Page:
“Lego” box for water locks simplifies large-scale renovation
An algorithm that leads to lego-like modules for lock construction. That’s the subject for which Tim Wilschut is being awarded a PhD on 28 November at TU Eindhoven. Wilschut’s “lego” lock modules should make it easier and cheaper to replace and renovate all 127 locks of Rijkswaterstaat. The algorithm does not replace the lock designer, but it will certainly make his life much easier.
In the first half of the 20th century many locks were built in the Netherlands. In the coming decades, many of them will come to the end of their lives and will need to be replaced or renovated. Historically, locks were built on a project basis and each lock is unique. Rijkswaterstaat, the manager of 127 large locks on the main waterway network, wants more modularization and standardization to simplify management. In other words, Rijkswaterstaat is looking for a “lego” box for locks with basic and specialized components. These basic and specialized components will then have to be clicked together in much the same way as lego blocks. This means that rejuvenated locks must be designed with these components. The advantage is that the locks can be renovated or replaced faster and cheaper. The total cost of replacing and renovating the locks is estimated at 2 to 3 billion euros for the coming decades, so a small improvement in efficiency will quickly save tens of millions. This should also improve the reliability and availability of locks.
Wilschut first started by tabulating the characteristics of Rijkswaterstaat’s locks, such as dimensions, type of vessels, type of gates and type of leveling systems (how water enter and exits). By means of an algorithm he compared the different locks. It followed that there are roughly seven families of locks. From each family one representative lock has been taken, which looked at which parts that lock consists of and how each part interacts with each other part. Such an interaction may be “attached to each other” but may also be “transmits energy”. By putting all these interactions in a large table, it is easy to see which parts interact a lot with each other and which parts do not (see picture). By sorting the different parts using the algorithm, it was concluded that roughly nine groups of modules are needed. Examples of a module group might be: the control mechanism or the lock gate. Each lego block within a module can be made into a slightly different version (for example, to make a wider lock gate where necessary).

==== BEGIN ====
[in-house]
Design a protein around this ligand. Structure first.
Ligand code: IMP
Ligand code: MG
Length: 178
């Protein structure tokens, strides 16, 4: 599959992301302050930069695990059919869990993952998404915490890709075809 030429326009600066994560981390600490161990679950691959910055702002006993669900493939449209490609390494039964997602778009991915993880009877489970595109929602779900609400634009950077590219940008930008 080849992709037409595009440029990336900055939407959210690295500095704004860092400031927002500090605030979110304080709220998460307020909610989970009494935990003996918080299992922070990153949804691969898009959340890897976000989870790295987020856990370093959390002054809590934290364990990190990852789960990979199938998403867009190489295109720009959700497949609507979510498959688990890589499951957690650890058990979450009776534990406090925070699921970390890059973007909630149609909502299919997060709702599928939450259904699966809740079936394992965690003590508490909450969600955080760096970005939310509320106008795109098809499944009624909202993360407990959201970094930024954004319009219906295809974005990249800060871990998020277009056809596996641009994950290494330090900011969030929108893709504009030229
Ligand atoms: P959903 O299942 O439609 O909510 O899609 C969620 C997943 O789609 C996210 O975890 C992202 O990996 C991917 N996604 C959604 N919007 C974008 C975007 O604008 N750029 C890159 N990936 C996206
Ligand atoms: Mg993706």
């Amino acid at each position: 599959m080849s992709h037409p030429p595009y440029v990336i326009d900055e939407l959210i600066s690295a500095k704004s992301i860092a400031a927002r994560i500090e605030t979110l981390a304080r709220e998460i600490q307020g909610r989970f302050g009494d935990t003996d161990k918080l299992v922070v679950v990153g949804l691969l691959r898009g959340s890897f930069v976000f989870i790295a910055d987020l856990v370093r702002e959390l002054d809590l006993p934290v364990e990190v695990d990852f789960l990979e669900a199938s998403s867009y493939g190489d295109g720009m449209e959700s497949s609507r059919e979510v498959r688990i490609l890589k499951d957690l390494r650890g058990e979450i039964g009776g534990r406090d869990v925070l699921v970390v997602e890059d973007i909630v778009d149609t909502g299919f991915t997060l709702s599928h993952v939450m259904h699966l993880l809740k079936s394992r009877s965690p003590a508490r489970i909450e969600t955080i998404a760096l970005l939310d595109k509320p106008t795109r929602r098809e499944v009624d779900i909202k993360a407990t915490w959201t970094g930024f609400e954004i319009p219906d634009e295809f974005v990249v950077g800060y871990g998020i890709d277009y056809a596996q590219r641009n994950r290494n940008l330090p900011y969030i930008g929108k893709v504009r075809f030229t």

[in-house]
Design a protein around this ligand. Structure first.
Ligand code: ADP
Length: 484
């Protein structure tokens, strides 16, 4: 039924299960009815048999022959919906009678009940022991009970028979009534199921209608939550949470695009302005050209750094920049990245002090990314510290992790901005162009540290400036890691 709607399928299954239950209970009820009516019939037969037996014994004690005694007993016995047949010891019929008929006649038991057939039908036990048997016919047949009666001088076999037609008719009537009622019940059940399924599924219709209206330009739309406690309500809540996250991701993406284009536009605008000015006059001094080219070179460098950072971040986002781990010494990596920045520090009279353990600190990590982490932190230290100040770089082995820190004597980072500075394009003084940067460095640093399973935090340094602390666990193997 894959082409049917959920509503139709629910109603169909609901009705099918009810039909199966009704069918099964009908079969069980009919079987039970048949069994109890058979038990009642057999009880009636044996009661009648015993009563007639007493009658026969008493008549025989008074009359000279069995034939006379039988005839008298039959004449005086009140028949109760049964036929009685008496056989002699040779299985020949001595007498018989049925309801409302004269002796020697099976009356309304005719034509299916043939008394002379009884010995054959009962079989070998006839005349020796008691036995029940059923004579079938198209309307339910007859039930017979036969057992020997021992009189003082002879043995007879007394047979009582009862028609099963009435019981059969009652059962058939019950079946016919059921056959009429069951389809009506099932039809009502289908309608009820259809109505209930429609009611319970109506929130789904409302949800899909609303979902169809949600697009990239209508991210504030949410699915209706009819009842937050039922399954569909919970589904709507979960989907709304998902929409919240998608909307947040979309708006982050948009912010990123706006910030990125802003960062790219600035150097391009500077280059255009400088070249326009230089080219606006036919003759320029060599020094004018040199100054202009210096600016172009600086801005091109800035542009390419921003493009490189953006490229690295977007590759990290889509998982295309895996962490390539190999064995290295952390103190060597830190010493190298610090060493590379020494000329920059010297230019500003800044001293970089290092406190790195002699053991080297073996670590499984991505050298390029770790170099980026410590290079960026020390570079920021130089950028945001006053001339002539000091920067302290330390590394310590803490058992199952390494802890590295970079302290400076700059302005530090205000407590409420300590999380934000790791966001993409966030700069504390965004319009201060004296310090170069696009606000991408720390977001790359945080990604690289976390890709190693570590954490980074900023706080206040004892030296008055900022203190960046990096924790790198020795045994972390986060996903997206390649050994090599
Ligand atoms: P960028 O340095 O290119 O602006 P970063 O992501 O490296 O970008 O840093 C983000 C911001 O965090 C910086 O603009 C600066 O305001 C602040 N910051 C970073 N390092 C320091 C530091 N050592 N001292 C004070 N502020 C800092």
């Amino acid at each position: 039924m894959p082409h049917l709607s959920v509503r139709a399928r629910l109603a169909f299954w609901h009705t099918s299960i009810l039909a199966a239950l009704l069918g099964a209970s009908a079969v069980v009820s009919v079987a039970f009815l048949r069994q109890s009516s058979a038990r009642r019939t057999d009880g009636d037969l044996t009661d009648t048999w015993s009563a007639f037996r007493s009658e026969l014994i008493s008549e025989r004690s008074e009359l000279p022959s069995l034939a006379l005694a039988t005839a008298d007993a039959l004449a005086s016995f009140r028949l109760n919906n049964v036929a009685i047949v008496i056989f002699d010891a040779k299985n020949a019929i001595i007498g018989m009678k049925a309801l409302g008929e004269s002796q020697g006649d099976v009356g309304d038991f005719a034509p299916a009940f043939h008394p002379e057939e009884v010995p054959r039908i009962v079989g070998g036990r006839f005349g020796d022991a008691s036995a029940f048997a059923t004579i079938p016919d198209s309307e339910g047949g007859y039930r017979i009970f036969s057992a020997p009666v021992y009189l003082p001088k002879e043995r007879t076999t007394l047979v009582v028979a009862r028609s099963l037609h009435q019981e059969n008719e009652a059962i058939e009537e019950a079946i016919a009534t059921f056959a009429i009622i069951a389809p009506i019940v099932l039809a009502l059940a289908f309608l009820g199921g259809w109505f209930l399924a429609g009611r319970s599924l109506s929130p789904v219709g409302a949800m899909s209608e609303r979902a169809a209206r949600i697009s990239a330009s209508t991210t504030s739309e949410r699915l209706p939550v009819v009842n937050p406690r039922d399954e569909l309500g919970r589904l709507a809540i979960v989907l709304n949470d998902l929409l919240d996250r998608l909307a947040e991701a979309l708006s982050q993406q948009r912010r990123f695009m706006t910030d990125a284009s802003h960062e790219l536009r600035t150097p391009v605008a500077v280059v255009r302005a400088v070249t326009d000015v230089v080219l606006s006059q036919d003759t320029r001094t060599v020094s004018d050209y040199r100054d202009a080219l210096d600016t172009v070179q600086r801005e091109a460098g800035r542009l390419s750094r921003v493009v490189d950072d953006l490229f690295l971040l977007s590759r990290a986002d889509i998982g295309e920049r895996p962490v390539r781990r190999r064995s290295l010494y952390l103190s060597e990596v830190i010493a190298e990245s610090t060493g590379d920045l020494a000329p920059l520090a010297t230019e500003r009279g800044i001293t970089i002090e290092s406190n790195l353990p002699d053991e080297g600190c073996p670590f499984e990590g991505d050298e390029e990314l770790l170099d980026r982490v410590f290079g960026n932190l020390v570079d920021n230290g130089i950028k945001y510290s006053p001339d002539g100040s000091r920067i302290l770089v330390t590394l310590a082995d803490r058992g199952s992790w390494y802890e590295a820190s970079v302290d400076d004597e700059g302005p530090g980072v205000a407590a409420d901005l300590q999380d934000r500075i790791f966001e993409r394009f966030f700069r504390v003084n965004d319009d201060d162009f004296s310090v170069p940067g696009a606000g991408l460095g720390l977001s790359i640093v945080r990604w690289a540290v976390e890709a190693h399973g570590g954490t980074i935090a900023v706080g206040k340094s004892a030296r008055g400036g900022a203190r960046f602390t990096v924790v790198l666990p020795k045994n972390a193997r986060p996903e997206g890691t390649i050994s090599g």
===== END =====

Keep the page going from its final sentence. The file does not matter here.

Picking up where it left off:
The fact that the lock components and the interactions between the lock components can be grouped so well shows that the module approach is possible. In other words: locks can be designed as parts that have to click together like “lego” blocks. Thus, a group of modules can be designed that all serve to make a lock gate, and a group of modules that together comprise the control and operating module.
Incidentally, Wilschut also developed a specific language, a kind of computer language that can be read by both people and computers. The requirements for a lock and its components, such as how many boats must be able to pass through it per hour and how strong a lock gate must be, are still written down in documents of many dozens of pages. Because the interpretation of that package of requirements sometimes goes wrong, Wilschut's specification language is a welcome improvement. It brings a lot of clarity and structure to the mountains of information, so that more attention can be paid to quality, adaptability and improving the life span of the lock.
Wilschut's research has already gained recognition. He won the Innovation Award at the TU/e Contest and was a finalist at the Philips innovation Awards. In October of this year Wilschut founded the company Ratio together with Tiemen Schuijbroek, with the aim of further developing the algorithm and corresponding software and commercializing his research results.